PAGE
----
Lexis in Dictionaries and the Media
The volume contains contributions in English, French, Italian and Spanish.
Caribbean English Vocabulary: Setting a Norm through Lexicographic Practice
Caribbean English (CarE), the variety of English spoken throughout the Anglophone Caribbean, is one of the several extraterritorial Englishes (ETEs) in use around the world. Due to the varied context of each Caribbean territory, the vocabulary features of CarE witness a dynamic and diversified reality. In such a complex sociolinguistic milieu, mostly affected by continua and fuzzy borders, a shared norm – in lexicographic terms – cannot be easily set.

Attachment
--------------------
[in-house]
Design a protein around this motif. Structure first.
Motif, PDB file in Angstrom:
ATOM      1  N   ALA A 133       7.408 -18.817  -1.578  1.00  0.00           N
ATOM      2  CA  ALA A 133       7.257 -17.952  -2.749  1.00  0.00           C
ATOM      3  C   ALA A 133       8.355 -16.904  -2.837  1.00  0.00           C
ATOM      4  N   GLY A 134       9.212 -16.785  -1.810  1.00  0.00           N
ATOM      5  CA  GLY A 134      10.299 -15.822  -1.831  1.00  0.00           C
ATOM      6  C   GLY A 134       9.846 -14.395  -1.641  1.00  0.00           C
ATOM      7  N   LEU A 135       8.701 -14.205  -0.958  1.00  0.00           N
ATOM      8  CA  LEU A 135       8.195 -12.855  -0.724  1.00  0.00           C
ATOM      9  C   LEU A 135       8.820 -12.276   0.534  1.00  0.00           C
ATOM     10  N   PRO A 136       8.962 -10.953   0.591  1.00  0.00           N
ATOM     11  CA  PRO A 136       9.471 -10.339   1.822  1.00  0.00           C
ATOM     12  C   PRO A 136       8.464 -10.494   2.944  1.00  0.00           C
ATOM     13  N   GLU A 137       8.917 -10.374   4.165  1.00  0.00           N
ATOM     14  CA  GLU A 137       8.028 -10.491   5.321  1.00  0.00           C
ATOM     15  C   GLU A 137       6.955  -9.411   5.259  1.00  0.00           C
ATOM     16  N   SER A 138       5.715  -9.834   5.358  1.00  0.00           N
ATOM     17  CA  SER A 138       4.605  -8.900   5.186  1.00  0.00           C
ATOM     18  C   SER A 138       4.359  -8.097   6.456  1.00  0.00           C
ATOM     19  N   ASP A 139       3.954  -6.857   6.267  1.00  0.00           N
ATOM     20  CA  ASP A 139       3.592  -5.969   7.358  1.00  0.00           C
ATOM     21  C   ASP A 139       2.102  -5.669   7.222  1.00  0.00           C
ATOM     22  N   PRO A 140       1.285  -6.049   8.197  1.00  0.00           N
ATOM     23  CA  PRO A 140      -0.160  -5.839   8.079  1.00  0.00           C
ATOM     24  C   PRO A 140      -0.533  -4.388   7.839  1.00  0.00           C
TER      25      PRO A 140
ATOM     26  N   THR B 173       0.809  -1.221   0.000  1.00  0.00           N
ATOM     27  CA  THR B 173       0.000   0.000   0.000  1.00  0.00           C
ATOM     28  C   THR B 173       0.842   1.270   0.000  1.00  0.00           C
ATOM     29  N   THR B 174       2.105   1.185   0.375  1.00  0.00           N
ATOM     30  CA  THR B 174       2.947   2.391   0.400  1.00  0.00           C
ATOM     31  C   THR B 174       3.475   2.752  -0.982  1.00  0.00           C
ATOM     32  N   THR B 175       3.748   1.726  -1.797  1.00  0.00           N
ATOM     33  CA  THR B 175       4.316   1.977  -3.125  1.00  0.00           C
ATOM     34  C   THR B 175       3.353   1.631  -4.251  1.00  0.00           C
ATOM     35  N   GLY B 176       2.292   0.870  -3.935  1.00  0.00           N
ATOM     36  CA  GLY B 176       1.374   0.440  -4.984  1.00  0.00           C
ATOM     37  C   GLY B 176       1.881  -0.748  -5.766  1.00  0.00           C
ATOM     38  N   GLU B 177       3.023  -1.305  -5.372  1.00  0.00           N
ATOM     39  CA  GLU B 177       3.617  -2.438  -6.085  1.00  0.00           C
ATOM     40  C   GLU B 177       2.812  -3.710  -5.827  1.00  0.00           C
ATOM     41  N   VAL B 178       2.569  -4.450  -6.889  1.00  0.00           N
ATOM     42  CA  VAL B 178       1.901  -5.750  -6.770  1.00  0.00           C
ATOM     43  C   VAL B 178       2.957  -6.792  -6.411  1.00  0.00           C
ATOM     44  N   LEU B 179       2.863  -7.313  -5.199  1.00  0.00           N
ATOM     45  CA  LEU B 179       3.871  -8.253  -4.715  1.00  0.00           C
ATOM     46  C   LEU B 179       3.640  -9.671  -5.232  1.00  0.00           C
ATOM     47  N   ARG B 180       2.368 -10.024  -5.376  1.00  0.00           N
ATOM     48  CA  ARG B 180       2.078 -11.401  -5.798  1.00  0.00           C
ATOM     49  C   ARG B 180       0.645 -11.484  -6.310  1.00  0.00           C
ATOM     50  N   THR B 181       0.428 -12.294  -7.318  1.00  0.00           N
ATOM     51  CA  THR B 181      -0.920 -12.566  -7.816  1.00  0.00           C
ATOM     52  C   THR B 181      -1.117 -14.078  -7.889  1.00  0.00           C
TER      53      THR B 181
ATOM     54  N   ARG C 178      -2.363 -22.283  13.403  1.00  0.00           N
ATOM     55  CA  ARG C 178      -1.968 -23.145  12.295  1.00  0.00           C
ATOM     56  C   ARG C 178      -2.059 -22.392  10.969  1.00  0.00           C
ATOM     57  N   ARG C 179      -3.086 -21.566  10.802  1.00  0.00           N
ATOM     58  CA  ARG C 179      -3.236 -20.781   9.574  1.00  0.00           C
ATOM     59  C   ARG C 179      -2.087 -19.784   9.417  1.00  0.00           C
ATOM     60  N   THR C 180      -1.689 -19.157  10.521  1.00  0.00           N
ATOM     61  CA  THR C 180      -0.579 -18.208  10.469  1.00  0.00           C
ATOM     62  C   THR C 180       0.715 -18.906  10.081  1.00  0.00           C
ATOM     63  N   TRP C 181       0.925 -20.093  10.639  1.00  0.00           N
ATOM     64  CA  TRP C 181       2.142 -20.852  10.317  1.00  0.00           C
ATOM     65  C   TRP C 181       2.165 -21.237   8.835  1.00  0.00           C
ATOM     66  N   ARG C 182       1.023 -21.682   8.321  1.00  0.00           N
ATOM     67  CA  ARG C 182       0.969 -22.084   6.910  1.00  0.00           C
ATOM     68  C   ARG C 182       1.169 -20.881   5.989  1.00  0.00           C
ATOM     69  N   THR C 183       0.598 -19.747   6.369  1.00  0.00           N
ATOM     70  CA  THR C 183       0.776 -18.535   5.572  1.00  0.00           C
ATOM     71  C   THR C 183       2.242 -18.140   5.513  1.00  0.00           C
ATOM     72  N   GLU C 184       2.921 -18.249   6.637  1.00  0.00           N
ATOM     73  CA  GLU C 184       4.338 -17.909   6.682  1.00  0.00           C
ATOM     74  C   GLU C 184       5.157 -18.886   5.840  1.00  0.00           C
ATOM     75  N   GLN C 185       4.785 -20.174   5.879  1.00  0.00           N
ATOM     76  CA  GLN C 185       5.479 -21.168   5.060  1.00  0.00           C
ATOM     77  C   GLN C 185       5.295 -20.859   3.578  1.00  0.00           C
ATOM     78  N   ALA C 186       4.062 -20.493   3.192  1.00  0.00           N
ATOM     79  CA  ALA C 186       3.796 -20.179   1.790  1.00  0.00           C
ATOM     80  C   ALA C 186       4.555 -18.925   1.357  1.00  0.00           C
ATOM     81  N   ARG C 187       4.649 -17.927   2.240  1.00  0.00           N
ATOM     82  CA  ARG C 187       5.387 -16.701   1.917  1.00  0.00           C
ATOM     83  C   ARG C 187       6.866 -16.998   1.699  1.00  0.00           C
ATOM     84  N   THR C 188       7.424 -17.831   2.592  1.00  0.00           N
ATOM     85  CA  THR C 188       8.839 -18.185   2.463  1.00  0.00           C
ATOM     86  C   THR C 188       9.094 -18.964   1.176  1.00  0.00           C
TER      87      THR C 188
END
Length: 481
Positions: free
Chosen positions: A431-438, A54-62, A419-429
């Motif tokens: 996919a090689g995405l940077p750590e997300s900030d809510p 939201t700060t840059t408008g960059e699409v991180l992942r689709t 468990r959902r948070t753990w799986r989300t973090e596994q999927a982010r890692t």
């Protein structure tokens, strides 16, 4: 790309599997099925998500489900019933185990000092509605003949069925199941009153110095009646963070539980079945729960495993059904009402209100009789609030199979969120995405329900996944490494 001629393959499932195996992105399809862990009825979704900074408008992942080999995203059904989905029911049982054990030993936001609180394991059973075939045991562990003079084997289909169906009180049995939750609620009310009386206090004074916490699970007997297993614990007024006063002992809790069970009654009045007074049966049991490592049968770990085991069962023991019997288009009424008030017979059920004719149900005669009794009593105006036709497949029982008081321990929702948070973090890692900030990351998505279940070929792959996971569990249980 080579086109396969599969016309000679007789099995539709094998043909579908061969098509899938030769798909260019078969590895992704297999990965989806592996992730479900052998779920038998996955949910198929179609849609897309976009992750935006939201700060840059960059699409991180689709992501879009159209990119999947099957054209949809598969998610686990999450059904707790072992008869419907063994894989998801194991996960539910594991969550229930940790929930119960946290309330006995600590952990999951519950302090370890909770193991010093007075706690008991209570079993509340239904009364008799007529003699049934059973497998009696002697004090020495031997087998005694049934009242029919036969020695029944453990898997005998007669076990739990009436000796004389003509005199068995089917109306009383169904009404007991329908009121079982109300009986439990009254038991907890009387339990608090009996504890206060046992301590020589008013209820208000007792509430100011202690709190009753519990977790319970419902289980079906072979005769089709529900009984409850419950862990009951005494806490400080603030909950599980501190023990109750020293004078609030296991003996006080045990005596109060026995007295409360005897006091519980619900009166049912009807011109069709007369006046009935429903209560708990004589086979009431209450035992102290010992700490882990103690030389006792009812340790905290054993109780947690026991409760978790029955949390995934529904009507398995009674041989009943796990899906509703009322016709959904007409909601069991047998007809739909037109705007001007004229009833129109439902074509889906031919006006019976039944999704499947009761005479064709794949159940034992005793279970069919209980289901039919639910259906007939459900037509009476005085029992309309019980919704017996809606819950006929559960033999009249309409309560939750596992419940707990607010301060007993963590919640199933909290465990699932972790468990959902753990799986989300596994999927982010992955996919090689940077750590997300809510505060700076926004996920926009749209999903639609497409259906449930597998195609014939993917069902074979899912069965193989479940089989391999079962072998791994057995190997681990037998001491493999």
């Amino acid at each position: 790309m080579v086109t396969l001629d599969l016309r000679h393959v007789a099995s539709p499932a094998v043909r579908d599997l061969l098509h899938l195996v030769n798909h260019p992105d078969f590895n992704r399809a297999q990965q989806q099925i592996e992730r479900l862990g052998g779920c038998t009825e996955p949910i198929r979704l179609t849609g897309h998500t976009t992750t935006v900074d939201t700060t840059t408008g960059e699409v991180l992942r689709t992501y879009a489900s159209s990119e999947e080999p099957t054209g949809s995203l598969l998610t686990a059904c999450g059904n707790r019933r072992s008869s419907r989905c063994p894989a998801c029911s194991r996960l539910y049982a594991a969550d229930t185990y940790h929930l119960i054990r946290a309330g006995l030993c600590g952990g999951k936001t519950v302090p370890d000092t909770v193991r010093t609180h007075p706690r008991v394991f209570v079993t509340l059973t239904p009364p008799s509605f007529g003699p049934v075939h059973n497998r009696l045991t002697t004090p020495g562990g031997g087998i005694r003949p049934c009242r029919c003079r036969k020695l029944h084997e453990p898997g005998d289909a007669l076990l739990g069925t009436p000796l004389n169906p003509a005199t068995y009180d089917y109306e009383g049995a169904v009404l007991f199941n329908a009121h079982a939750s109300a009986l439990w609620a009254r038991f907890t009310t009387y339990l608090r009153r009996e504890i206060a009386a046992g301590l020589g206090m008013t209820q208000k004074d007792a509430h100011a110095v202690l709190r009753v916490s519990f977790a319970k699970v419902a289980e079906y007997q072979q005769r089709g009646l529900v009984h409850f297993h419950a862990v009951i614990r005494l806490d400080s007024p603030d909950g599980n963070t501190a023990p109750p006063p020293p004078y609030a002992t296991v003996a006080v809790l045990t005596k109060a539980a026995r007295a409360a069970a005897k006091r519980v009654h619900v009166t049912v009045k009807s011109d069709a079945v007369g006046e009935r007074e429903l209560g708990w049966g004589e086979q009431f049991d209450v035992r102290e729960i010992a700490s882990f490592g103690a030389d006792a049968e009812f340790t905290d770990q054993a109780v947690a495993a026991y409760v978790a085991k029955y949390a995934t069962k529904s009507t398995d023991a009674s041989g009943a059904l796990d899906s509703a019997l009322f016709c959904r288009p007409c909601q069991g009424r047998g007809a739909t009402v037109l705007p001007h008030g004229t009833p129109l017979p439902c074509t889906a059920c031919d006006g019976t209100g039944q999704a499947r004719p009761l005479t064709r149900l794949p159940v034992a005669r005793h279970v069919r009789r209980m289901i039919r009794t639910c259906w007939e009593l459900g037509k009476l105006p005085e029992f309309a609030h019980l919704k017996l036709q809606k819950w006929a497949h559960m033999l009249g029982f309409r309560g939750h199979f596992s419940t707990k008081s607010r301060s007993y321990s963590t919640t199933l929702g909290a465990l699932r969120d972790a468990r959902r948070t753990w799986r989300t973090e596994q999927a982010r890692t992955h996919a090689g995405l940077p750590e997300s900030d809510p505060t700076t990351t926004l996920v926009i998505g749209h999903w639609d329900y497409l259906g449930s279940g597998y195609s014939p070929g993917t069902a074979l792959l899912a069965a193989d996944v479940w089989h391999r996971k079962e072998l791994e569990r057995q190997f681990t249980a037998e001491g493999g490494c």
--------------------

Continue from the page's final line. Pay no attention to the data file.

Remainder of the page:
The most recent contributions to Caribbean lexicography, that is, the Dictionary of Caribbean English Usage (DCEU) and the New Register of Caribbean English Usage (NRCEU), encompass all English varieties spoken in the Caribbean. In the introduction to the DCEU it is stated that the dictionary, “equipped to function as a cultural agent” (Allsopp R. 2003b: XXXI), is both “descriptive” (Allsopp R. 2003b: XXV) and “prescriptive” (Allsopp R. 2003b: XXVI), thus having the explicit goal of putting on paper a shared norm, at least as far as vocabulary is concerned. Therefore, the aim of this chapter is to assess – through lexicographic evidence – whether a norm can be recognised as CarE, despite the complex coexistence of various local varieties within the English-speaking Caribbean.1 ← 89 | 90 →
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